How to prepare for an online test

Taking a test can be stressful in the best of times, but there are some additional things to consider when taking a test remotely. Our student advising team has prepared some tips to help you do well on your next online test or exam. First, check out their advice to ensure you’re prepared for a test in general, and then review their recommendations to set yourself up for success for online tests.

Stoplight strategy

The stoplight strategy is a great technique to plan your studying and organize yourself. Go over the test review (if provided), looking at the chapters/concepts you’re going to be tested on and then highlight or mark the material with red, yellow or green.

RED: What you need to learn. These are concepts that if you were tested right now, you wouldn’t know the answer. Spend most of your time studying this material (approximately 50 per cent). Study first.

YELLOW: What you sort of know. If you were tested right now, you might get partial marks. Spend a little less time on this material (approximately 25 per cent or a little more). Study second.

GREENWhat you know well. If you were tested right now, you would know the answer. Don’t spend as much time on this material (approximately 25 per cent or a little less). Study last.

A traffic light

Night before/day of prep

Whether your test is in person or online, your preparation should be similar:  

  • get a good night’s sleep
  • log in/arrive early
  • check in on your breathing
  • positive self-talk
  • keep things in perspective
  • positive visualizations

Young woman lying in bed sleeping

Online test considerations

Now, let’s look at some added preparations and actions you can take to smoothly complete your online test

  • Have a comfortable set up (desk, chair, good lighting).
  • Use ear phones or noise cancelling headphones, if needed.
  • Plug in your laptop or have a power source nearby for your device (make sure you have the correct power cord).
  • Ensure you have a strong internet connection (test it ahead of time).
  • Keep a pad of paper and pen/pencil handy.
  • If you’re allowed to use materials like textbooks, calculator, notes, etc., have them organized and accessible.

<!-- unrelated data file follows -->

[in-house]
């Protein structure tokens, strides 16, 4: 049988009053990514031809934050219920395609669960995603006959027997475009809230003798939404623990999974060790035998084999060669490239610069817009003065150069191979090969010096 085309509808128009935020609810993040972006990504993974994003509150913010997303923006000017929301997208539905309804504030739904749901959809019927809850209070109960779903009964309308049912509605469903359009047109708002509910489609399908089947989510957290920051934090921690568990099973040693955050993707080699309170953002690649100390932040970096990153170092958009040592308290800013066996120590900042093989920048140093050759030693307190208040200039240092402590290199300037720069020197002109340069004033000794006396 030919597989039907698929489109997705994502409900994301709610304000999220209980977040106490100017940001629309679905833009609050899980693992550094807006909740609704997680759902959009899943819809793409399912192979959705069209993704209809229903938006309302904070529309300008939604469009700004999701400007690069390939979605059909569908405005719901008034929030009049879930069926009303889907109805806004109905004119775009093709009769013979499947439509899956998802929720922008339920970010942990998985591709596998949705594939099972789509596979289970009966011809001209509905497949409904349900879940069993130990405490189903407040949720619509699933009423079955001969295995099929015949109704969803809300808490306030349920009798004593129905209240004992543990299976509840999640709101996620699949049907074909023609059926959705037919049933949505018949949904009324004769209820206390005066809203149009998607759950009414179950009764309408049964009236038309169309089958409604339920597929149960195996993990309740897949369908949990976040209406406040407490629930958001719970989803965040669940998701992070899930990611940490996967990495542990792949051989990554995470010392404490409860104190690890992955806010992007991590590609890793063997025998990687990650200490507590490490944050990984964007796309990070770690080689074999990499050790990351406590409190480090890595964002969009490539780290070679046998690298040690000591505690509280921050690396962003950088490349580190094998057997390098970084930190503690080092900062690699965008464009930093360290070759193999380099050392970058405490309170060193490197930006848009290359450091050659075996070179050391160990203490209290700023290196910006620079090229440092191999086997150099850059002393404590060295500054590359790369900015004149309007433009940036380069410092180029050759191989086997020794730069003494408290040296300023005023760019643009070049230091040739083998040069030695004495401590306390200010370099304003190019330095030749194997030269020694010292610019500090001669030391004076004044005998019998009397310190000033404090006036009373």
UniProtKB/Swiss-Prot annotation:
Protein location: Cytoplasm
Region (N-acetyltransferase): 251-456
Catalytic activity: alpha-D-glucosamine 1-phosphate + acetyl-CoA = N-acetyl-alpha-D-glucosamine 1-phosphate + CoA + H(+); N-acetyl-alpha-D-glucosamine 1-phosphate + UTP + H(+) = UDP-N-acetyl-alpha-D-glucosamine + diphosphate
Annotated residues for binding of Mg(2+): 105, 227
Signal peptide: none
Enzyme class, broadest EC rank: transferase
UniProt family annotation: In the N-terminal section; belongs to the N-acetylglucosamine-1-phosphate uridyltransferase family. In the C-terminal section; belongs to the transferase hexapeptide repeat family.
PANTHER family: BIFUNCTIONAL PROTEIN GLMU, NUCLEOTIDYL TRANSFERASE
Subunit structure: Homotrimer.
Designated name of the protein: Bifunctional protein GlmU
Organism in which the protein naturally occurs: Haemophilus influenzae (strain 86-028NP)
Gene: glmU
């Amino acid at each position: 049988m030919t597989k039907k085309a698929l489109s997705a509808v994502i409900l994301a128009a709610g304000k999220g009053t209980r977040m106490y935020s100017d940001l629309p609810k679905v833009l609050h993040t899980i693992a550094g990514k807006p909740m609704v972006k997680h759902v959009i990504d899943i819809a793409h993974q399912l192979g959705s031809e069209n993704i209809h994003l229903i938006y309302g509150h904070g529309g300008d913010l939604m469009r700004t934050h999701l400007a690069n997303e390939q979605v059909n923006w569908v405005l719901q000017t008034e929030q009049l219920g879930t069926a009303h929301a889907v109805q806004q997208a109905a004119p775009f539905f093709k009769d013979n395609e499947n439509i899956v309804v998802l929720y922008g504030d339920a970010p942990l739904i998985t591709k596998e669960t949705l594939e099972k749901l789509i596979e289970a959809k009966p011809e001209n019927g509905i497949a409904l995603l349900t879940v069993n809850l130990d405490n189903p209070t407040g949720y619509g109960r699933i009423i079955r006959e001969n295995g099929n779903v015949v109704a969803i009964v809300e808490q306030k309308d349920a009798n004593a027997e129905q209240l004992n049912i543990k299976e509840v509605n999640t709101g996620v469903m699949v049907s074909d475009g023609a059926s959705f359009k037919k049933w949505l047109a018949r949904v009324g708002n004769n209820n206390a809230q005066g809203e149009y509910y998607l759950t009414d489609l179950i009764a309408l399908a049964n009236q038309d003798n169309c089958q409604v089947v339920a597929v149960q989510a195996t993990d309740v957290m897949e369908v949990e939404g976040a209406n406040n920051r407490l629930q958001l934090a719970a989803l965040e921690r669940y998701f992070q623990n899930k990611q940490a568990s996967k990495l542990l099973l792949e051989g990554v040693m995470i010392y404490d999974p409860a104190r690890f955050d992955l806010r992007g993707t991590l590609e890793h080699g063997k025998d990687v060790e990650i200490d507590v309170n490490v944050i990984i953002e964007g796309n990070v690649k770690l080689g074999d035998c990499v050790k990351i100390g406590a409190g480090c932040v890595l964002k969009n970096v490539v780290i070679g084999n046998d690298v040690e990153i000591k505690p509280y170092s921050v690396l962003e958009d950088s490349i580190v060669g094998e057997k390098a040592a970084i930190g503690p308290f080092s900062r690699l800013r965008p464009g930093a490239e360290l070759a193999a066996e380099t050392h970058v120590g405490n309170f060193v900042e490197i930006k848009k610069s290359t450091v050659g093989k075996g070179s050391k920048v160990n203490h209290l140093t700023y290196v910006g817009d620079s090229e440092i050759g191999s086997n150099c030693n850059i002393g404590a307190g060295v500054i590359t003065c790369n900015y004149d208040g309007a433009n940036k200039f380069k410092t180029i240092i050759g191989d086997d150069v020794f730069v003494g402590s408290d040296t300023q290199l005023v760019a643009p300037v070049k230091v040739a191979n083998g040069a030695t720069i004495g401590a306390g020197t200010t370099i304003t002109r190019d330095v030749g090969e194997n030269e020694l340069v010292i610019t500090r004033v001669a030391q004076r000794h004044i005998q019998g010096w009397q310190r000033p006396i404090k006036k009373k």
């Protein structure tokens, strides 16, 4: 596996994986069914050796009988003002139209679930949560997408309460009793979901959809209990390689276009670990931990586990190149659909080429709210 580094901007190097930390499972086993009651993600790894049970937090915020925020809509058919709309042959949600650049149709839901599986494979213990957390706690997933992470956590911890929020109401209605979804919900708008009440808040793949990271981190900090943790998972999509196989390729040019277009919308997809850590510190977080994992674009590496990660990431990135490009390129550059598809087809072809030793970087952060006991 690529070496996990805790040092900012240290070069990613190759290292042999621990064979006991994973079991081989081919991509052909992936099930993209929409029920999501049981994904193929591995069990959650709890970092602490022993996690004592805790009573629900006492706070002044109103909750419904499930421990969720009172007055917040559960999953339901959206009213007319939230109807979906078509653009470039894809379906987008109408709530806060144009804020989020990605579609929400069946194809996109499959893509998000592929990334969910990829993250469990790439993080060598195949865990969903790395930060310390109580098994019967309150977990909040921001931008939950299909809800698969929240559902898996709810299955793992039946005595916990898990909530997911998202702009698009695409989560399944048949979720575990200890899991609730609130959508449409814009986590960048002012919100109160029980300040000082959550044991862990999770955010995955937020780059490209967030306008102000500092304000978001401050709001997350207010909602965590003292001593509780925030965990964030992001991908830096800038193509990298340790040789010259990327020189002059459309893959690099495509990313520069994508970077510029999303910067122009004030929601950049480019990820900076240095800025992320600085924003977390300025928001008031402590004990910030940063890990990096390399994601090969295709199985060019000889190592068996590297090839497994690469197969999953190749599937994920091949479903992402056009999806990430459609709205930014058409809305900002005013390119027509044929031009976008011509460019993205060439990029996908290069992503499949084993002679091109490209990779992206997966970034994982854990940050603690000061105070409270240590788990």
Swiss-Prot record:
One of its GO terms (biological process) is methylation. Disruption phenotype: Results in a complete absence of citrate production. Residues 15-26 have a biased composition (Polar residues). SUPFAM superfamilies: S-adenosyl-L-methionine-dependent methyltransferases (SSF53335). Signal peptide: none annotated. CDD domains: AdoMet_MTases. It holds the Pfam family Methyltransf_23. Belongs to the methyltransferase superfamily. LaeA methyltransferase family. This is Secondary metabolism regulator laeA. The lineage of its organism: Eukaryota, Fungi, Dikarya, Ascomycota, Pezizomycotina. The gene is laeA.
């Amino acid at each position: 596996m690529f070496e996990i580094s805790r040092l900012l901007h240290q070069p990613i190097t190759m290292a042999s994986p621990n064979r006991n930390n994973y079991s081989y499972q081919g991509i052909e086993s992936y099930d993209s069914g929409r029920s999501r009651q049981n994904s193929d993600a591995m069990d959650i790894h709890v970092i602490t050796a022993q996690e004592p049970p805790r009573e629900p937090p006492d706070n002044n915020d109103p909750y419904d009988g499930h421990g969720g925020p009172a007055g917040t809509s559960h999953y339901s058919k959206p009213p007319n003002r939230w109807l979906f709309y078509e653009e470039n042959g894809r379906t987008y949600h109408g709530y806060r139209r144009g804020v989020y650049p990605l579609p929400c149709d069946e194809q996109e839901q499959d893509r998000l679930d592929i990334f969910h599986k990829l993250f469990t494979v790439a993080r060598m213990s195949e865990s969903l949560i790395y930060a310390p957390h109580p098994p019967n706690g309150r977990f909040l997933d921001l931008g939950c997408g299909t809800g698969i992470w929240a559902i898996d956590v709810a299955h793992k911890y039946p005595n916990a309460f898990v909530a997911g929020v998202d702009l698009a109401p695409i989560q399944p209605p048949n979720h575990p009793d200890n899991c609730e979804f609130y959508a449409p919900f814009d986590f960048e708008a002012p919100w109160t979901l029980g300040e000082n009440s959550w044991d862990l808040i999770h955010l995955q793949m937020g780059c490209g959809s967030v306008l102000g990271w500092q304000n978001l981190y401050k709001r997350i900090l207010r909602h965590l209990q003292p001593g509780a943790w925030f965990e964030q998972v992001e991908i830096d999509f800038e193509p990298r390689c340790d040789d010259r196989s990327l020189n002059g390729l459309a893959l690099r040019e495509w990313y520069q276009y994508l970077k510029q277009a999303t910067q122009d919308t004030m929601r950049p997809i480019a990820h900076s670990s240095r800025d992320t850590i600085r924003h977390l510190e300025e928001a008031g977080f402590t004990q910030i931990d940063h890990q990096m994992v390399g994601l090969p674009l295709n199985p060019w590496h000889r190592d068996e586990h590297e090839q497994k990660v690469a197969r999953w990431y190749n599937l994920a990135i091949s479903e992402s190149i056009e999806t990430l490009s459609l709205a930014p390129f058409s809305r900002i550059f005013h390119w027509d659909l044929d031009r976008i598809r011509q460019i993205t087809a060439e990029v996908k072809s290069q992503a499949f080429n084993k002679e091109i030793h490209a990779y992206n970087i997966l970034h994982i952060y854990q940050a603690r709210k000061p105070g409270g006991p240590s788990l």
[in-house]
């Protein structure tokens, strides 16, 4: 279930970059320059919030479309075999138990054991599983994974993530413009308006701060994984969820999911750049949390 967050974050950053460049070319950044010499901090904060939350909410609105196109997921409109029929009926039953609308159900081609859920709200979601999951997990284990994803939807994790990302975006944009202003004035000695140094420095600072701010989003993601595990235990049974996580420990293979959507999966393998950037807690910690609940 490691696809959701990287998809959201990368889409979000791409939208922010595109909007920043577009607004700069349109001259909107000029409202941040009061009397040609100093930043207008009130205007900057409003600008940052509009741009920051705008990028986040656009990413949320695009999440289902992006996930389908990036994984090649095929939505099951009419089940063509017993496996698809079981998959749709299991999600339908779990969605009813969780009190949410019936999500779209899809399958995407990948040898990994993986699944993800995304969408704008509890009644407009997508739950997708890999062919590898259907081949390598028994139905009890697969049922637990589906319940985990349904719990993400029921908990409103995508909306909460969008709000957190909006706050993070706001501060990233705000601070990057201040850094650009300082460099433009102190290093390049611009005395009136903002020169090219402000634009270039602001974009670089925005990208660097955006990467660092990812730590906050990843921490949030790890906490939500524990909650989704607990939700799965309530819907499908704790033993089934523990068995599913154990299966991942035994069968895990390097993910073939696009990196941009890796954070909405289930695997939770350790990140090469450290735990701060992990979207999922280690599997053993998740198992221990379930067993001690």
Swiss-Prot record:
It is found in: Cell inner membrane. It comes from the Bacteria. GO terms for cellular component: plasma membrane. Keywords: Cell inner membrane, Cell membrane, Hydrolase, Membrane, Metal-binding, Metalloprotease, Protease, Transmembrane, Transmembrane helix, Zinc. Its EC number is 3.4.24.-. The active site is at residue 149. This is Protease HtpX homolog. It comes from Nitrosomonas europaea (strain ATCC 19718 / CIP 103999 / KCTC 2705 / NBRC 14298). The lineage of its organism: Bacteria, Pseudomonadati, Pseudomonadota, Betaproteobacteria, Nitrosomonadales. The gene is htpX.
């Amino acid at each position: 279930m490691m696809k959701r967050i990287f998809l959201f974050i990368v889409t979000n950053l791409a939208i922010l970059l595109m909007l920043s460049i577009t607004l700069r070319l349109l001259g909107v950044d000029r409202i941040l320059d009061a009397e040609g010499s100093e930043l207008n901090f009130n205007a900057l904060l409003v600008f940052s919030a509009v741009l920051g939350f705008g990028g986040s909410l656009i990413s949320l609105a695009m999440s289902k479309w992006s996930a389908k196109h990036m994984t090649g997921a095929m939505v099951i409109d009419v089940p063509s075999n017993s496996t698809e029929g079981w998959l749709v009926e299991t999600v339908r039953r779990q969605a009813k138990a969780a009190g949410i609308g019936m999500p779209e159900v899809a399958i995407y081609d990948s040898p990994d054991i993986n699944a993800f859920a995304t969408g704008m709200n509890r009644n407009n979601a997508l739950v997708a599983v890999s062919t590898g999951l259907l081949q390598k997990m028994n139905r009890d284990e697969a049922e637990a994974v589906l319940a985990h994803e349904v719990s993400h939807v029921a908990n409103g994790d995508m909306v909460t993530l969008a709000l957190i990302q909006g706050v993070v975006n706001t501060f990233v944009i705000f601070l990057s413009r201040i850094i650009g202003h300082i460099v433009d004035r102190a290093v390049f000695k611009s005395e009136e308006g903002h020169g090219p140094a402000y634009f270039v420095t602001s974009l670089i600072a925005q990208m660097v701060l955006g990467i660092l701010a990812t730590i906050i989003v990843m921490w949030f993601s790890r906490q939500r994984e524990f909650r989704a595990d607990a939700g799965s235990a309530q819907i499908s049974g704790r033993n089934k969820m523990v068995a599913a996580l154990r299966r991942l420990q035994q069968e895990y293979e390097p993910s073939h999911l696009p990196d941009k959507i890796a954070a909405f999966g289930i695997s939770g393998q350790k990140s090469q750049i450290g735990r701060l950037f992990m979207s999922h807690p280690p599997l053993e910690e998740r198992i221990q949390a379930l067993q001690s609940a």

• Remove any distractions (cell phone, gaming system, etc.).
  • Let your family/friends/roommates/pets know you’re completing a test and that you need some quiet (if possible).

What to do if something goes wrong during an online test

Now, say something goes wrong. You lose your internet connection. Your computer crashes. Take a breath, note the time, the question you were on or section you were completing (take a screen shot if possible) and reach out to your faculty to ask what to do next ASAP.

A great pre-test idea is to ask your faculty what to do if something goes wrong during a test. They may have specific instructions for how they would like you to proceed.

How to manage expectations BEFORE your test

There is nothing more stressful then opening up a test and it not being what you expected. Short answers instead of multiple choice, a chapter you haven’t reviewed, or that you had the wrong timing and missed the test altogether. Manage your expectations ahead of time to help avoid this.

Can you answer the following questions about your upcoming test/quiz? If you can’t, reach out to your faculty ahead of the exam to ensure you know what to expect.

  • What types of questions can I expect on the exam (e.g. multiple choice, short answer, essay, etc.)?
  • What materials, tools and technology am I allowed to have and use while writing the exam (e.g. textbook, slide decks, my notes, Google, etc.)?
  • Is the exam scheduled to start and/or end at a certain time?
  • Does my time zone affect the exam start/end time?
  • How much time will I have to complete the exam?
  • Will my exam be proctored? What does that mean for me?
  • What chapters, readings, topics will the exam cover?
  • Where/how do I access the exam?
  • What do I do if I run into technical issues?
Hands holding a highlighter, writing on a sheet of paper

Student Services are here to help (remotely)!

Your student advisor can help you build both academic and personal resilience. To book an appointment, go to the home page on MyGCLife. In the top left corner you’ll see the name of your advisor and the times he/she is available to meet. Alternatively, you can email us and your advisor will get back to you as soon as possible.

Be sure to check out all student services that are available to you. Find out how to contact each service and their remote hours of operation.

Our categories